The development of transmission in Chile has historically been highly controversial and has faced strong opposition due to its environmental and social impacts. Chile’s recent history of devastating wildfires—due to droughts and high temperatures caused by climate change—adds yet another complication to transmission infrastructure. Fires of electrical origin have not only increased from 0.5 percent of total fires in 2002 to close to 4 percent in 2016, but the level of destruction these fires leave behind has increased. In the mega-fires of 2017 –the worst in Chile’s history—94,000 hectares (232,280 acres) were devastated by fires of electrical origin, that is, approximately 20 percent of the total area impacted. As a result, a public prosecutor charged the managers of an electric company for its transmission lines’ role in starting five of the fires.

Jorge via Wikimedia Commons

These impacts have led to fierce opposition from communities. The most recent example of public conflict with a transmission project took place in 2018, when communities protested the construction of the Cardones-Polpaico line that was needed to connect the former Northern and Central grids into one main grid and to transport mostly renewable energy to the center and south of the country.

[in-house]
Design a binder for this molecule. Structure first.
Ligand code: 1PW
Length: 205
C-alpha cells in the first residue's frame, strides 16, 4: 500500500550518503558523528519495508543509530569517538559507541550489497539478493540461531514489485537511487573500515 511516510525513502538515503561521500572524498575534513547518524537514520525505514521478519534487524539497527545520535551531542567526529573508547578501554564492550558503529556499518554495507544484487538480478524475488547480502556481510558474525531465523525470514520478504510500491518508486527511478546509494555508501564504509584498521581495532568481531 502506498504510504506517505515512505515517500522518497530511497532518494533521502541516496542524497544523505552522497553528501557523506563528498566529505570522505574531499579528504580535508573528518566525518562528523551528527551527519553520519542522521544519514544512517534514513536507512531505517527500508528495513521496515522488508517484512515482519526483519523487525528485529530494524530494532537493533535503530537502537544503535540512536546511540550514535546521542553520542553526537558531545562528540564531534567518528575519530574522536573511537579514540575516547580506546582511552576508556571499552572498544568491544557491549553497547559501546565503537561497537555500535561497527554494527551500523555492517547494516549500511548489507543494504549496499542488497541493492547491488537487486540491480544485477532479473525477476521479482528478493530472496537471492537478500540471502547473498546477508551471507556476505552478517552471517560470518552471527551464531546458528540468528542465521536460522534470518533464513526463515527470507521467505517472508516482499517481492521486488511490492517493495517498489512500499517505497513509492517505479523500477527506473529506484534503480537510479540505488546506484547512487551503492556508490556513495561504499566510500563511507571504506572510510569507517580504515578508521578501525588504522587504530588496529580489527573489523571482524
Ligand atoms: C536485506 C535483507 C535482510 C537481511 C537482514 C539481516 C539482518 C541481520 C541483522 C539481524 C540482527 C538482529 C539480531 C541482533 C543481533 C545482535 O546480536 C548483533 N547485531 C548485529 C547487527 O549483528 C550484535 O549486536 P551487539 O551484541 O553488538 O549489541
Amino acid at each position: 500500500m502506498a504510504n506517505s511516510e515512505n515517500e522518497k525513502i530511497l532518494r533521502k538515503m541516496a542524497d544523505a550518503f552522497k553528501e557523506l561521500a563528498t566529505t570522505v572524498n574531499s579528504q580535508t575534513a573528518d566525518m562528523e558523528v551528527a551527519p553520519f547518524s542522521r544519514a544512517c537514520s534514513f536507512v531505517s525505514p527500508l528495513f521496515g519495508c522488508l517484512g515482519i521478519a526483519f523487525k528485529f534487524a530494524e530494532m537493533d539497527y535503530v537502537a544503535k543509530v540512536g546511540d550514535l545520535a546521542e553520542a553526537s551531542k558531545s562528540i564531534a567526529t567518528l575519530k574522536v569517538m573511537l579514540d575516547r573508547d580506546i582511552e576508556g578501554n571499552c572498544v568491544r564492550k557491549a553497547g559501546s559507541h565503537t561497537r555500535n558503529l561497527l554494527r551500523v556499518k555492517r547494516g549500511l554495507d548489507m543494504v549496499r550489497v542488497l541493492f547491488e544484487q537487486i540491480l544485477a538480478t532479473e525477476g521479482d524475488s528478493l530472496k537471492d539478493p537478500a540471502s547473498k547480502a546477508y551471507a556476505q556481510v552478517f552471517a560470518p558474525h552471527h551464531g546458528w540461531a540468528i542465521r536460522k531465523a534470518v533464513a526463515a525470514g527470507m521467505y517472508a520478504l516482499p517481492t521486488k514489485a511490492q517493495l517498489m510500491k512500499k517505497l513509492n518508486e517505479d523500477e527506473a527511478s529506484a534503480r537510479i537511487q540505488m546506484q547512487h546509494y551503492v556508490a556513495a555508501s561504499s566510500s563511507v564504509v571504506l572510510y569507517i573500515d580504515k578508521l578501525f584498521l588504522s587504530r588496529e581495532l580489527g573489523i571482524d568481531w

Fortunately, Integrated Vegetation Management—and a meaningful process to implement the it—can go a long way towards mitigating the physical impacts of transmission lines, incorporating the concerns and wishes of nearby communities, and reducing vulnerability to wildfires caused by transmission lines. It can also be more cost-effective for transmission companies than maintaining traditional vegetation practices under their lines.

One highly successful example of these principles put into practice is the pilot project called LIFE-Elia. Led by a team of seven people with a total budget of 3 million Euros, the LIFE-Elia project transformed 221 kilometers of barren corridors under high-voltage lines in forested areas into restored and functional green spaces. The project was supported by two transmission companies, one Belgian and the other French, as well as a local region in Belgium and the European Union. The team leaders used four different types of “interventions” to restore the environment and benefit nearby communities: